During the weekend the Celestial Steed appeared on the Blizzard store. I’m not against the idea of paying real cash for in-game stuff as long as they’re “fluff items” that don’t give any real benefit. I’m floored by the reaction the Celestial Steed got – by most accounts the digital horse made Blizzard millions of dollars in sales. I’m also surprised by the spectrum of reactions, from those who love the sparkly to those who think it’s a replacement for GearScore. It’s like the Marmite of products – people either love it or loathe it.
I love the reaction it’s been getting in-game as well:
“Are we still slapping and laughing at people on that stupid horse?”
“I don’t know, why?”
“Because it’s a stupid horse”
“So say the horse was a rare drop from some endgame raid boss in hard mode, would you still do it?”
“Right, so you basically slap people who spend money on something?”
Now call me strange, but you don’t see me hanging around outside a Ferrari showroom slapping people who buy a new car. I mean, why bother? You can get a perfectly good car for a fraction of the price, why pay for something that’s just cosmetically different? It’s just stupid, right?
Likewise you don’t see people who’ve picked up items from the Trading Card Game loot cards getting slapped. Some people have sunk hundreds of dollars into picking these cards up from eBay or dedicated retailers like Wootloots. Yet it’s almost seen like a status symbol – an accolade that you’re either damned lucky or deeply committed to the game to want to buy such a thing.
I wonder what the reaction would have been if it had been priced differently. Imagine if Blizzard stuck a $100 tag on the shiny horse. They’d have still shifted a few, sure. There would also have been outcry on the forums from people who couldn’t afford it. I can see the wails now.
The Price effect causes far too much aggro from the Wife boss. Standard distraction techniques like Flowers and Chocolates are having no effect. Misdirect isn’t working either – the Shoestore target dummy isn’t holding threat. I demand that Price is nerfed in order to make the encounter playable.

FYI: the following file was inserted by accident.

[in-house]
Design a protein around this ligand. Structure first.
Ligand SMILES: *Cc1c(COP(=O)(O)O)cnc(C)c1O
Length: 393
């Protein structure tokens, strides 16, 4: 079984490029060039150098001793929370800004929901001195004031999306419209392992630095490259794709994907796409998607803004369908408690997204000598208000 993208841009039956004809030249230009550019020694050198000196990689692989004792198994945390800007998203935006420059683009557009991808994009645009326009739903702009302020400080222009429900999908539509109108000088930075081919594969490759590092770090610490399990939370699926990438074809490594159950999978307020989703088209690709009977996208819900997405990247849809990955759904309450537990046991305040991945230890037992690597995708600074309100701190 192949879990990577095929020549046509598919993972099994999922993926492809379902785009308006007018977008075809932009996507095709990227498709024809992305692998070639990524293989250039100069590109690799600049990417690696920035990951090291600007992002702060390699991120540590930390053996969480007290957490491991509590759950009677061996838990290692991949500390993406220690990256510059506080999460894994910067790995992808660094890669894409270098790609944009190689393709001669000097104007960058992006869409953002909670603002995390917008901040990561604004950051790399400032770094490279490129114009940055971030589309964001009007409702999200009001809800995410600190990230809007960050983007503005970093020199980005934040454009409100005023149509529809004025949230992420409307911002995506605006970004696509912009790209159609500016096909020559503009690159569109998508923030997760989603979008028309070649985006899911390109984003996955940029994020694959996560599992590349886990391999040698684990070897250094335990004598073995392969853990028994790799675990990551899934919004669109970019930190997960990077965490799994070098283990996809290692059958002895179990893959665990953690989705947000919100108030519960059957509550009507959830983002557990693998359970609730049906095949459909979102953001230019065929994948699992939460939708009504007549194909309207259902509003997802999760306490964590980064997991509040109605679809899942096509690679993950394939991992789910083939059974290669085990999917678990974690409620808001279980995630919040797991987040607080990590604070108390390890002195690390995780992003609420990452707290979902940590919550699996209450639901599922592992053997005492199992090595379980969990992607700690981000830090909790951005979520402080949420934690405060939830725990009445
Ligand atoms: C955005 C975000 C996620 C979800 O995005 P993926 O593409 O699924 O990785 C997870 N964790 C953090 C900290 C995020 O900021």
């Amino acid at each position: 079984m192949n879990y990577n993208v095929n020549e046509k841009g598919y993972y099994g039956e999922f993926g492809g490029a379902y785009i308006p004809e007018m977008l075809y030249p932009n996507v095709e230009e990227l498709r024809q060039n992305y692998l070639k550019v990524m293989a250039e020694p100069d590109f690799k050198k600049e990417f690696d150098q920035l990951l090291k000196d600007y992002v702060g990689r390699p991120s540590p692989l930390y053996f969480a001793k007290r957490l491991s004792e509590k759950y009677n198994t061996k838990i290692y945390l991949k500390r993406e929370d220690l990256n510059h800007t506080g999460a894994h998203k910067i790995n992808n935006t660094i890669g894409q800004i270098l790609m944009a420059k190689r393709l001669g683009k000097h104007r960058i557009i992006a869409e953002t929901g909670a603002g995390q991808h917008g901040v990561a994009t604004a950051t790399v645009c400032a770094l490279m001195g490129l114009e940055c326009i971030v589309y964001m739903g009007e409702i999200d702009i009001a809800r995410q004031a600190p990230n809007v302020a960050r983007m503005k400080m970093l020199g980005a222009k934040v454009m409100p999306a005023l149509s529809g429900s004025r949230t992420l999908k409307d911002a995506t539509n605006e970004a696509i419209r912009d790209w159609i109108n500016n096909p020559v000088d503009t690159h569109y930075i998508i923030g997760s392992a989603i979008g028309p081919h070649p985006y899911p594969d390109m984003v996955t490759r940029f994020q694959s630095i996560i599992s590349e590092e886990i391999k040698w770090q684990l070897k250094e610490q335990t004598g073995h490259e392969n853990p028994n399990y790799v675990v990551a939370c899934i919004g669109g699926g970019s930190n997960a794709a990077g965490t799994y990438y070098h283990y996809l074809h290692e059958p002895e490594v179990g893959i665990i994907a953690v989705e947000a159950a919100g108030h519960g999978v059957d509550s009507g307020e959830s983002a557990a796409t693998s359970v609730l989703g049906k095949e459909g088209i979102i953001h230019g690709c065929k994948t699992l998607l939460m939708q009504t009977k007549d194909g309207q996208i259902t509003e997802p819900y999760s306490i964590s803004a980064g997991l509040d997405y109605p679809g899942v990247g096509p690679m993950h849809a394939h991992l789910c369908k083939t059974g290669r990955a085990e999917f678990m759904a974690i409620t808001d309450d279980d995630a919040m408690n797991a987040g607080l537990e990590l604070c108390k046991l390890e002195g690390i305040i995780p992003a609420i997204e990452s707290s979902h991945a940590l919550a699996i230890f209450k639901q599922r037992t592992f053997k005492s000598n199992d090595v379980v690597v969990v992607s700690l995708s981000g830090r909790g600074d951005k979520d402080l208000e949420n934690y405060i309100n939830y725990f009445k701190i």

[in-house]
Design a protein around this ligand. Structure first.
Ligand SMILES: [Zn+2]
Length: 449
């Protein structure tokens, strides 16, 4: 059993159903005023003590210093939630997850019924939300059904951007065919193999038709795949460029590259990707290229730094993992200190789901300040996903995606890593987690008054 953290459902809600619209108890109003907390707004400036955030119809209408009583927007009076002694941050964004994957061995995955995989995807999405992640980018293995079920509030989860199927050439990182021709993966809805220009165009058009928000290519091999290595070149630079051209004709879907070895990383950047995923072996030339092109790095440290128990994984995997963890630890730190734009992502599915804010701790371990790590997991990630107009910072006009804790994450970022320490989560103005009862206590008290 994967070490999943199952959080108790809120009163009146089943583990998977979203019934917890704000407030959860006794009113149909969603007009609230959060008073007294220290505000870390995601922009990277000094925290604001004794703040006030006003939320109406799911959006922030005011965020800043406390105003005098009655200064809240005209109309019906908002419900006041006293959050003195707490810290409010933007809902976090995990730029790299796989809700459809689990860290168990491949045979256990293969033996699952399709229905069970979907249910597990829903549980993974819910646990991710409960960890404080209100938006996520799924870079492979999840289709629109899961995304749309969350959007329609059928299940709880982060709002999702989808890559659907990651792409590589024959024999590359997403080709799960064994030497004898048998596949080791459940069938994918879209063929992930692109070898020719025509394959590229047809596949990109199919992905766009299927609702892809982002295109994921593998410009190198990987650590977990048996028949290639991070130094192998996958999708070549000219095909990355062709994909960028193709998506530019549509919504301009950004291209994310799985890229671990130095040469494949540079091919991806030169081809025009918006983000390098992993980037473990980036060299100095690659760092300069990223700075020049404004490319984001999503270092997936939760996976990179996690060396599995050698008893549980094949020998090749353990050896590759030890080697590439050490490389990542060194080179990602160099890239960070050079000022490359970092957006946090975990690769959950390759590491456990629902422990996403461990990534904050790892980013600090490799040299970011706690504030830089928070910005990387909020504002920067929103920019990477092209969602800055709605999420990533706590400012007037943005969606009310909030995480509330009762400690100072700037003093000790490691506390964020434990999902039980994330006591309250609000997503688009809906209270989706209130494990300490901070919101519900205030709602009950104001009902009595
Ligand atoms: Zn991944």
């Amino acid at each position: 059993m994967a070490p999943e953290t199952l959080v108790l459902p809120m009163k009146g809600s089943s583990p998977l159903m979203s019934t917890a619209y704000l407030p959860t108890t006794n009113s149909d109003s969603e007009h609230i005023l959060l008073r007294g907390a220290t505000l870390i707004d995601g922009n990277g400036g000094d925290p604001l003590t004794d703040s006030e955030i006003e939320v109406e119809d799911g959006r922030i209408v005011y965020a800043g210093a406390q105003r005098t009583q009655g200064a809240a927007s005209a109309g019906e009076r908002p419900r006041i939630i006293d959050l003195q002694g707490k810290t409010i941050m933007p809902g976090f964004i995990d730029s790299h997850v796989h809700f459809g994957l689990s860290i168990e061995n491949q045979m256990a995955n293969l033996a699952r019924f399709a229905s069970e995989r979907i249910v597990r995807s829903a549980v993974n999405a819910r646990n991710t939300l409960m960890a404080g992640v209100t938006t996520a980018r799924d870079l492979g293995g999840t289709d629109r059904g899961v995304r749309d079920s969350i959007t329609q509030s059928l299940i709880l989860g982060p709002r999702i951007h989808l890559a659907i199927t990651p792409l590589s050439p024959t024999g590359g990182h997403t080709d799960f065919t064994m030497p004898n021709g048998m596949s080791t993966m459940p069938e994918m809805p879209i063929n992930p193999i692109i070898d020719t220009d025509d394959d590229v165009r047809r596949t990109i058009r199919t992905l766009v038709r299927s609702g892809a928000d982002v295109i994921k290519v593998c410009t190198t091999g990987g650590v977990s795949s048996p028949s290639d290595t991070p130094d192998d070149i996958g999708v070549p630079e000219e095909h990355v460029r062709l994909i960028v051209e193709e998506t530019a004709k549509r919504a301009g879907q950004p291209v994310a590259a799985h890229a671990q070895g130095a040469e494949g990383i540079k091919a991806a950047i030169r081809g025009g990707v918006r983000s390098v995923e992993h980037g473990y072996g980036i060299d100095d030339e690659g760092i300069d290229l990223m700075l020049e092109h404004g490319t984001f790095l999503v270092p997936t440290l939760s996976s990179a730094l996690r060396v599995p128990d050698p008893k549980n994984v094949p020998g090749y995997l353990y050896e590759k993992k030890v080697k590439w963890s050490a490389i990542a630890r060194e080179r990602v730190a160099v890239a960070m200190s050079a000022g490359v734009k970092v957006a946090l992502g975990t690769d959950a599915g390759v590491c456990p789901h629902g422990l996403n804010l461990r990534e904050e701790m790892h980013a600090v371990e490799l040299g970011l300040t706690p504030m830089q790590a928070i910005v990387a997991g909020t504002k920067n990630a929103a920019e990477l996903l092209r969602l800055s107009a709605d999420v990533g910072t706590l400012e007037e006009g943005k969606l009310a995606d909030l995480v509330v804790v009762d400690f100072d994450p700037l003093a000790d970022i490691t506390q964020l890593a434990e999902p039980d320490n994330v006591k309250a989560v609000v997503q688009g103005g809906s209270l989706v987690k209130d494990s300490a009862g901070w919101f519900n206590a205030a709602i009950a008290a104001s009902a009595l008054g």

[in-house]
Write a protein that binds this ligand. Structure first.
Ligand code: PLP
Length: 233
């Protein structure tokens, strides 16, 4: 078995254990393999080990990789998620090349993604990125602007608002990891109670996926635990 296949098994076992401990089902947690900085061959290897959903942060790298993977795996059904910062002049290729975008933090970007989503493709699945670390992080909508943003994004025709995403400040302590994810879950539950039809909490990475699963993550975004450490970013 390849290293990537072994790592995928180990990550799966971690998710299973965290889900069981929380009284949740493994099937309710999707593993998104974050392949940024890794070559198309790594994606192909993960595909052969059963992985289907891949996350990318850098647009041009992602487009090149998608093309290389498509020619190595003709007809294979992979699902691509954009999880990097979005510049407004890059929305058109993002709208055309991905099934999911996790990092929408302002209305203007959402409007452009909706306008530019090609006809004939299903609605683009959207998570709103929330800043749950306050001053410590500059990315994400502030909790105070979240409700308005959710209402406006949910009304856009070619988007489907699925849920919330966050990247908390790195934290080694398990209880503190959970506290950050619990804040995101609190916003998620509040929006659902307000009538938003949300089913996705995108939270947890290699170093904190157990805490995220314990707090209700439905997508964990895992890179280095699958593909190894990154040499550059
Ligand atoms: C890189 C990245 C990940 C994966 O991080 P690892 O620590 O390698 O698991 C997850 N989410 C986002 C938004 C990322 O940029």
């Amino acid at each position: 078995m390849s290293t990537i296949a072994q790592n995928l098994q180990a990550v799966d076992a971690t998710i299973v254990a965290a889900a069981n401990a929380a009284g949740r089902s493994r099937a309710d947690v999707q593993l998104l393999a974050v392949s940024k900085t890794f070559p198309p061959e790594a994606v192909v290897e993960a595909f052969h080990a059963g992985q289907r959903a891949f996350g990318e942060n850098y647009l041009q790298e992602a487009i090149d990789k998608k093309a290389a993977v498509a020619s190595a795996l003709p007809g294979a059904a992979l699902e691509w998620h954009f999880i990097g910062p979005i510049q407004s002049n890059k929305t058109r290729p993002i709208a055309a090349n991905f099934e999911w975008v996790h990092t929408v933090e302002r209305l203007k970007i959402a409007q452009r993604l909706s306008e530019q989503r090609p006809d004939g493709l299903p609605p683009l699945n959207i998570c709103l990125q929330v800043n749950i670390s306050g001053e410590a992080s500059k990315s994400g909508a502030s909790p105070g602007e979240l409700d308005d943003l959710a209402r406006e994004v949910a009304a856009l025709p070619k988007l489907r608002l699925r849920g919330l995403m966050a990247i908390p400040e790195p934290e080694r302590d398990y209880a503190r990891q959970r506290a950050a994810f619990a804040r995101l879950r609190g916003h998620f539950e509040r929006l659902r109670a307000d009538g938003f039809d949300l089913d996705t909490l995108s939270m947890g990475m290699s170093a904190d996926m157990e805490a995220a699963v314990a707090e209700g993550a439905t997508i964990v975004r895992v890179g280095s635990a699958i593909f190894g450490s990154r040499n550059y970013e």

I think in this case Blizzard got it spot on. They set the price at a level that made it clear hat it was something special, yet was within the reach of most of the playerbase. The ability to gift redemption codes to others was also a smart move – you can always choose to give a mount or pet to a guildmate or fellow player as a special reward or token of thanks.
The fiancee also really loves the plushies that come with an in-game pet. For her the plushies are something she can add to her collection, while the in-game pet is a nice bonus. I’ve seem something similar being done with the Warhammer Online steins, where your character gets an in-game stein to use alongside your Real Life one. This kind of dual-world merchandising, where you get an in-game and physical item that are somehow related, really appeals to me.
That’s not to say I’m cool with all forms of exchanging real cash for virtual items. My line in the sand is with game-changing shortcuts that can be paid for with cash. If you’ve ever played a game fron Zynga like Farmville or Mafia Wars you’ll know what I’m talking about – being able spend real cash on gold or credits ange for cash which you can then use to buy in-game items that improve how the game plays. To me these games aren’t about fun – in fact I’ve seen barriers to fun that exist soley to make you spend money. It’s like a comedian setting up a joke, only to charge you fifty bucks to hear the punchline.
Don’t get me started on the Lil’XT pet though – the loud yells you can here from the other side of Dalaran are enough to put me right off getting it. Nothing so far has made me reach for the mute button faster than that infernal contraption. Don’t get me wrong, it’s a great pet, but you know you got something wrong when addons like this one start coming out. It’s the in-game equivalent of driving around town with your car stereo on full blast just to show to everyone how crap your taste in music is.